Virological response is associated with decline in hemoglobin concentration during pegylated interferon and ribavirin therapy in hepatitis C virus genotype 1

Authors


  • Potential conflict of interest: Dr. Sievert advises, serves on the speaker's bureau of, and received grants from Roche.

    Dr. Dore advises, serves on the speaker's bureau of, and received grants from Roche.

    Dr. Roberts advises Roche.

    Dr. Yoshihara owns stock in and is an employee of Roche.

    Dr. DePamphilis is an employee of Roche.

    Dr. McCaughan advises Roche, Merk Sharp + Dohme Australia, and Janssen-Cilag.

    Dr. Rizkalla is an employee of Roche.

    Dr. Weltman received grants from Janssen-Cilag.

    Dr. Crawford consults for and received grants from Roche.

Abstract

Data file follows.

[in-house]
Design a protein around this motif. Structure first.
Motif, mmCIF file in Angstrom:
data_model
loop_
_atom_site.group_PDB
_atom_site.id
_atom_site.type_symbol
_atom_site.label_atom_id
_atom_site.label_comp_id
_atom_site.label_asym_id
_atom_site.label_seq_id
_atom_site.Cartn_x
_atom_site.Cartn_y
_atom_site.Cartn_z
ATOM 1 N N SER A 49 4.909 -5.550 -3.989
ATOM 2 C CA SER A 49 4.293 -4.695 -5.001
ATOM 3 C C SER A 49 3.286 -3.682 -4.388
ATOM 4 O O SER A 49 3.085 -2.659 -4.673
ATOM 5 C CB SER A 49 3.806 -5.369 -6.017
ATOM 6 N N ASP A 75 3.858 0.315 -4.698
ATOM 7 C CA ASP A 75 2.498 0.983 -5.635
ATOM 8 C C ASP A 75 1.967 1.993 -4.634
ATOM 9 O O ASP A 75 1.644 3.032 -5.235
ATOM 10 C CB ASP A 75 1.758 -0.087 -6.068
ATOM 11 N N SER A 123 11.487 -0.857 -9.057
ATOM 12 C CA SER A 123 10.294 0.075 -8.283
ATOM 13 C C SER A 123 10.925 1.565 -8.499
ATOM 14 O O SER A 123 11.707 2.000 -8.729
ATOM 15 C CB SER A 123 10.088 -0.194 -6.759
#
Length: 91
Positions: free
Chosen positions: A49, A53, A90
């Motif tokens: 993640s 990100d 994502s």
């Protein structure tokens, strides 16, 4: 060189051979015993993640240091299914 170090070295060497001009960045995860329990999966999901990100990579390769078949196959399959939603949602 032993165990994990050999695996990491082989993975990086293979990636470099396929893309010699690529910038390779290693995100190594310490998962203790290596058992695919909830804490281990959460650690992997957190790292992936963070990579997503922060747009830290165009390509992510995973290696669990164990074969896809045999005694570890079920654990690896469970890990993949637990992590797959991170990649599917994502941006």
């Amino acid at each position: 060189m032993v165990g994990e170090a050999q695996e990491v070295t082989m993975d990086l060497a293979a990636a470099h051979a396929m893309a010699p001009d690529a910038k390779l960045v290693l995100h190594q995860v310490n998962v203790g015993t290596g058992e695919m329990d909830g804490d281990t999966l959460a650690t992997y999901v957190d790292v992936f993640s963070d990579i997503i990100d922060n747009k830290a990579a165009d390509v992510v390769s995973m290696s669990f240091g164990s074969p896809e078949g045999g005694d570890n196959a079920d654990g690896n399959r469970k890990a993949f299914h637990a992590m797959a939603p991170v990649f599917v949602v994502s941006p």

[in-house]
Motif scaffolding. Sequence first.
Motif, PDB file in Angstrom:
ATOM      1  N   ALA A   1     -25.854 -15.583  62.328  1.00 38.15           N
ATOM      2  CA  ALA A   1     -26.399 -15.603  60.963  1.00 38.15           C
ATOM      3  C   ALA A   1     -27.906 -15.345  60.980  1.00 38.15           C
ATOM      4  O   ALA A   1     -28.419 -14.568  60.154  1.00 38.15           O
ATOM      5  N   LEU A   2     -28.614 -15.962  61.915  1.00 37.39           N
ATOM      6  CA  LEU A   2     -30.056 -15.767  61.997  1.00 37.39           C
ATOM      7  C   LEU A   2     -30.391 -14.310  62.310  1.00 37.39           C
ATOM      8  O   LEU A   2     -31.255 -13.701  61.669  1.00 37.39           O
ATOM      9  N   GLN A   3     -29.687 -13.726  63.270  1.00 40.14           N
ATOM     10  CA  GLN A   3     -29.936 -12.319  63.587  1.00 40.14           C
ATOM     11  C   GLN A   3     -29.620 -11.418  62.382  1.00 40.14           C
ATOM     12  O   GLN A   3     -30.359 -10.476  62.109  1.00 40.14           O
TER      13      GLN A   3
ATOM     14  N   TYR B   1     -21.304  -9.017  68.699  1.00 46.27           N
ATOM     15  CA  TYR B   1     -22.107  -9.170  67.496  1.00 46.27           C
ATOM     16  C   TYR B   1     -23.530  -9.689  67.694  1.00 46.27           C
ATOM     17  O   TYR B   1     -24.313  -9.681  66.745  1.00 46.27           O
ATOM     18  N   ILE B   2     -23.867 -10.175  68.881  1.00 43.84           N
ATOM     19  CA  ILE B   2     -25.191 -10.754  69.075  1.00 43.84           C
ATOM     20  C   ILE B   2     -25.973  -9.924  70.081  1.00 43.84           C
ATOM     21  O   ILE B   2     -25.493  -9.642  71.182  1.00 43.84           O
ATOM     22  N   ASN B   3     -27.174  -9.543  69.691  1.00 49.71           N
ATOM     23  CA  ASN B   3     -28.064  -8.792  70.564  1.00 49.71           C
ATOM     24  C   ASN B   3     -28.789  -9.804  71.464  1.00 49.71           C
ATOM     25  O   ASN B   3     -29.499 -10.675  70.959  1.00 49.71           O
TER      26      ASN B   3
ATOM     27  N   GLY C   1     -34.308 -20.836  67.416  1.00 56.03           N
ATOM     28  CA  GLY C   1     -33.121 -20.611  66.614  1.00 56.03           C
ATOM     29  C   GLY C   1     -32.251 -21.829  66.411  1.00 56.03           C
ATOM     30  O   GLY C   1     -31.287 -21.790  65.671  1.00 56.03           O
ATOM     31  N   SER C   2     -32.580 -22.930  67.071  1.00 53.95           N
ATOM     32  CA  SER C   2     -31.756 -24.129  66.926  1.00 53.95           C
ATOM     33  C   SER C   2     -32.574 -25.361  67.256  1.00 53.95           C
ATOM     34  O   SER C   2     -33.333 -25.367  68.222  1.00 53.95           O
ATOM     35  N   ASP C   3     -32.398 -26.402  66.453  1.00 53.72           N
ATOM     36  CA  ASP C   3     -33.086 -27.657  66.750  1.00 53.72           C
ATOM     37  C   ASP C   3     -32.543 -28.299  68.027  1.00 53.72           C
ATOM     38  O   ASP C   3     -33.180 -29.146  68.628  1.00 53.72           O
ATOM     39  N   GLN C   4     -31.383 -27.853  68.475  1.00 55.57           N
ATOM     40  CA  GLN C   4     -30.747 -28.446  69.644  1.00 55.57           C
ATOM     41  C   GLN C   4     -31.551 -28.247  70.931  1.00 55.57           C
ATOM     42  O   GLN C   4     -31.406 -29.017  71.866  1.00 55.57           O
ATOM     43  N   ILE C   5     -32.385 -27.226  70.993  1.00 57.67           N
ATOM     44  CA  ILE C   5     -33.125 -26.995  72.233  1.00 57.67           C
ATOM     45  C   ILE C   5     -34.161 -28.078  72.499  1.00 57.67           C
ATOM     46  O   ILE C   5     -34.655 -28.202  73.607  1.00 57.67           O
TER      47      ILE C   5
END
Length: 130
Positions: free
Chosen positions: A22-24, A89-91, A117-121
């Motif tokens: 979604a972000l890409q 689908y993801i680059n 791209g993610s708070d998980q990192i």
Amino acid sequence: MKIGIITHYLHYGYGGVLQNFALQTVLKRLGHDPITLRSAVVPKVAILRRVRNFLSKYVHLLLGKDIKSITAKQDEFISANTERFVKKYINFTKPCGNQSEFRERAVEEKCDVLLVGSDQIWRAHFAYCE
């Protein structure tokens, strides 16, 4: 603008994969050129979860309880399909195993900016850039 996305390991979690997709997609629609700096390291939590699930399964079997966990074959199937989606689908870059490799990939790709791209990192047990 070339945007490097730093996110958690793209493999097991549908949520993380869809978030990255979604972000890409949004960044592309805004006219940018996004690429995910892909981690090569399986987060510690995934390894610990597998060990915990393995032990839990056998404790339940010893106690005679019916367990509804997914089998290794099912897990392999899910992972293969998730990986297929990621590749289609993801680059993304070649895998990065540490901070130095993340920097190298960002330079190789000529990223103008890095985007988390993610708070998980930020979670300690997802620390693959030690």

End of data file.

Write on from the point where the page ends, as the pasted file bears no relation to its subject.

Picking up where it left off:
Anemia may increase the likelihood of achieving a sustained virological response (SVR) during pegylated interferon and ribavirin treatment of hepatitis C virus (HCV) infection. To determine whether hemoglobin decline is associated with SVR, we retrospectively evaluated the CHARIOT study of 871 treatment-naïve HCV genotype 1 patients. Anemia (serum hemoglobin <100 g/L) occurred in 137 (16%) patients, of whom only 14 (10%) received erythropoietin. Hemoglobin decline >30g/L from baseline occurred in 76% of patients overall, including 526 patients who did not become anemic. Virological responses were higher in anemic patients compared with those who did not develop anemia (end of treatment, 80% versus 65%, P = 0.003; SVR, 61% versus 50%, P = 0.02); these differences remained significant when patients receiving erythropoietin were excluded from analysis. SVR was also higher in patients with hemoglobin decline >30 g/L compared with patients without a similar decline. In multiple logistic regression analyses with treatment group and baseline characteristics, the odds ratio for SVR was 1.97 (95% confidence interval, 1.08-3.62) for anemia and 2.17 (95% confidence interval, 1.31-3.62) for hemoglobin decline >30 g/L. Patients who first developed a hemoglobin decline >30 g/L during weeks 5-12 and 13-48 were more likely to achieve SVR than those who first developed such changes in weeks 0-4 or who never experienced them. Conclusion: Patients with HCV genotype 1 infection who develop anemia or experience a hemoglobin decline >30 g/L during weeks 5-48 of therapy achieve higher virological responses to pegylated interferon and ribavirin therapy that are unrelated to erythropoietin use. (HEPATOLOGY 2011;)

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